How to Find Reliable Suppliers (Part 3) – Company Reputation & Size
Part 3 has arrived! If you haven’t been keeping up, this is the third blog post in our four-part series that includes tips on how to pick reliable suppliers. As we’ve said before, 40 years of experience in the manufacturing industry has allowed us to gain a bit of wisdom when it comes to suppliers.
So, at the risk of sounding like a broken record, we’re going to say it again: (1) A supplier can ruin or strengthen some of your most important business relationships, (2) loyal, honest suppliers can be hard to find and (3) there are a few sure-fire ways to avoid winding up in destructive supplier partnerships
It all comes down to four company characteristics that you can easily research online using Google Search and the potential supplier’s website. Those research areas are overall quality, which we talked about in Part 1; demonstrated risk mitigation, the topic of Part 2; the final topic, ability and willingness to customize; and today’s topic, company reputation and size. So, let’s get started!
Source #1: Google Search
1. Check for involvement in past lawsuits
You might notice that this tip also appears in our quality article. But, it’s such an important aspect of company character, we felt like we should reiterate it here. Lawsuit involvement is always a red flag. Your research might reveal that the supplier was not at fault, but it’s critical to find out. All you need is Google Search and a super simple, yet solid, search term, and you’ll be on your way to being in the know. For your convenience, you’ll find a query template below:
[Company Name] lawsuit
So, your search term would look something like, “Axon Widgets lawsuit.” Simple, yet powerful.
2. Check the Better Business Bureau
Sure, this one’s a no-brainer, but how could we possibly leave it out? The Better Business Bureau is still one of the best sources of information on company reputation. To make things nice and simple, we’ve provided the link to the homepage right here. So what are you waiting for?
3. Check the news
This is a lesser-known reputation research tool, but it is possibly one of the most powerful you’ll find. Sometimes, when a company has been involved in disputes, unscrupulous dealings or received some sort of recognition for being a great company, you’ll find it in the news. Often, these sources are smaller, local papers and community websites. However, thanks to Google’s awesome algorithm, these small, obscure sources are easy to find—that is, if you have the right search term. Something like this:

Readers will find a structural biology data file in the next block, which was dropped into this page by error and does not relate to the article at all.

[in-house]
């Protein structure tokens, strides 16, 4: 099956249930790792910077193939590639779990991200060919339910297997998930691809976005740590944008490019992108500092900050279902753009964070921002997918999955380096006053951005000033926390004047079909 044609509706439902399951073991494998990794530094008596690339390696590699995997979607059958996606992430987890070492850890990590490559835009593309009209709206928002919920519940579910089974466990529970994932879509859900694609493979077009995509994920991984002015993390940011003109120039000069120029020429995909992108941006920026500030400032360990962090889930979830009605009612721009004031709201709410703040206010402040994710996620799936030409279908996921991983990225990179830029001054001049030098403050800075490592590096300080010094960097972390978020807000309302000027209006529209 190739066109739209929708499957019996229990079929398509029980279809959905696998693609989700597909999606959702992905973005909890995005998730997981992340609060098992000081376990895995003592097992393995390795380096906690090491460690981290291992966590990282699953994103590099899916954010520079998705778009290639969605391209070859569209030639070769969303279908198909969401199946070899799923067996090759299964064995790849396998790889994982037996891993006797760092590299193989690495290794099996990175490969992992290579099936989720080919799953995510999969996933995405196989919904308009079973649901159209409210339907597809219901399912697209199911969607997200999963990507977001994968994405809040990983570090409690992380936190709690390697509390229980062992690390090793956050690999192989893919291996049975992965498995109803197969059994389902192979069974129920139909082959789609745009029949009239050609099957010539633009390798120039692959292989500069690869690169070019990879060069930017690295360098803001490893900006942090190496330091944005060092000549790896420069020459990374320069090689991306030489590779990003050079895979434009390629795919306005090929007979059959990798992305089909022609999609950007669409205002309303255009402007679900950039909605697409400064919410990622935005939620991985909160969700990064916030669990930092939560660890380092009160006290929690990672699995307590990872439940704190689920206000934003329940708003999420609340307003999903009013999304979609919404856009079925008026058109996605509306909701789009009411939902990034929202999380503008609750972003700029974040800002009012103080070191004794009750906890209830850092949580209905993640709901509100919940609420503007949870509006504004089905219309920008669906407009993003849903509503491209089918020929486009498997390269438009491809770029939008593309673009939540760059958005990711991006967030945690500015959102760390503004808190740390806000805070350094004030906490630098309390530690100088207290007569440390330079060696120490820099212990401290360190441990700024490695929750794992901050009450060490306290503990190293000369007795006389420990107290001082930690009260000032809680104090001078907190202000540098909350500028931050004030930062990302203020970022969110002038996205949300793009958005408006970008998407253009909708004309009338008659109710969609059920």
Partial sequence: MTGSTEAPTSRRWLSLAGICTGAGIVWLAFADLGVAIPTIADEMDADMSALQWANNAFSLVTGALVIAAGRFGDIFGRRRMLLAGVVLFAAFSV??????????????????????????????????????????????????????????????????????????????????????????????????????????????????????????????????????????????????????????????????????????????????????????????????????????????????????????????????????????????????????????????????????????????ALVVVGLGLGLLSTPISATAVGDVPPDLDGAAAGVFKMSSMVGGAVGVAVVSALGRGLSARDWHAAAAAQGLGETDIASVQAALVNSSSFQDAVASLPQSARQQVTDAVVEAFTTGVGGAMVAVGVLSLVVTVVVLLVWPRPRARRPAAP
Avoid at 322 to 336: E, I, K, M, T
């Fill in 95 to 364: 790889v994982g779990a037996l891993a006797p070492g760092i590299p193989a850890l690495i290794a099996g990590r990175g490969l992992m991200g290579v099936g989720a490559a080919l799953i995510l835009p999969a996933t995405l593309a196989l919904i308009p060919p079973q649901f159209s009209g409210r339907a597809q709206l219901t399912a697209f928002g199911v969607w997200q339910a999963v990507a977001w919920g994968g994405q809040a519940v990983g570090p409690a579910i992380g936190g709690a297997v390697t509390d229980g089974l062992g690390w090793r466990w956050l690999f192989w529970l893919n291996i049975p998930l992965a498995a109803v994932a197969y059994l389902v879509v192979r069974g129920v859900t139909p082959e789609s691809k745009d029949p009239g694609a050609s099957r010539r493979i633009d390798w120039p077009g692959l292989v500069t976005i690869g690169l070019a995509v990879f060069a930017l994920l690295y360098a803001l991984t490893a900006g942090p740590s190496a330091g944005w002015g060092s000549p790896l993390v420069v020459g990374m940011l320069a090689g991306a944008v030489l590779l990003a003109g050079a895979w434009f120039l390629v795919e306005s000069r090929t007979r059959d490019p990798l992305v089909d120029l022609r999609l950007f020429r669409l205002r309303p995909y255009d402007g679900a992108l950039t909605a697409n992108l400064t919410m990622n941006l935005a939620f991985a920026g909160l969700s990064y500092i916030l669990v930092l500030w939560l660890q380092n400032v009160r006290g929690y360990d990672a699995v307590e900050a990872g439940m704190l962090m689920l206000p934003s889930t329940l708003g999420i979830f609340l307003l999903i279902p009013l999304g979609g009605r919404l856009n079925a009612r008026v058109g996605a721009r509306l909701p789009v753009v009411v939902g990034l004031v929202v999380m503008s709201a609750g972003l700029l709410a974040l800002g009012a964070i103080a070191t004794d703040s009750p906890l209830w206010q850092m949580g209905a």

[Company Name] Google News
Again, it’s really that easy. Alternatively, you can click on the “news” link at the top of the Google Search page, and then enter the supplier’s name there.
Source #2: Company Website
1. Check their track record
Obviously, no company in its right mind would publish negative content on its “About Us” or “Company History” pages. However, there’s a great chance that, if the supplier has earned any recognition or awards, you’ll learn all about it on those pages. So, have a look. If a supplier has a stellar reputation they’re willing to talk about, they’re definitely worth giving a second look.
2. Check for locations / facilities
Many people don’t know that having multiple facilities is correlated with dependability. That’s because, when a supplier operates out of multiple locations, that supplier has greater capacity. And greater capacity means better ability to meet deadlines. This isn’t to say that every small supplier with a single facility is less dependable than the bigger guys, but, depending on your operational and product needs, a good supplier with multiple locations could be a golden ticket for your productivity.
3. Check for trade-related agency affiliations
A supplier who joins high-quality trade-related agencies is demonstrating a desire for accountability. And a desire for accountability is a good sign the company cares about its reputation. You’ll usually find this sort of information on the “About Us” or “Company History” pages. You should also check for trade organization logos on the supplier’s homepage and product pages.
The next time you’re in the market for a good partner, don’t forget to check their reputation. The tools above are pretty much all you need. So, use them! Also, be sure to check out Part 1, where we talk about gauging overall quality, and Part 2, where you’ll learn how to check for demonstrated risk mitigation. Stay tuned for Part 4 in our series. We’ll show you how to make sure your potential supplier is capable of—and willing to—give you the customization options you need. See you soon!
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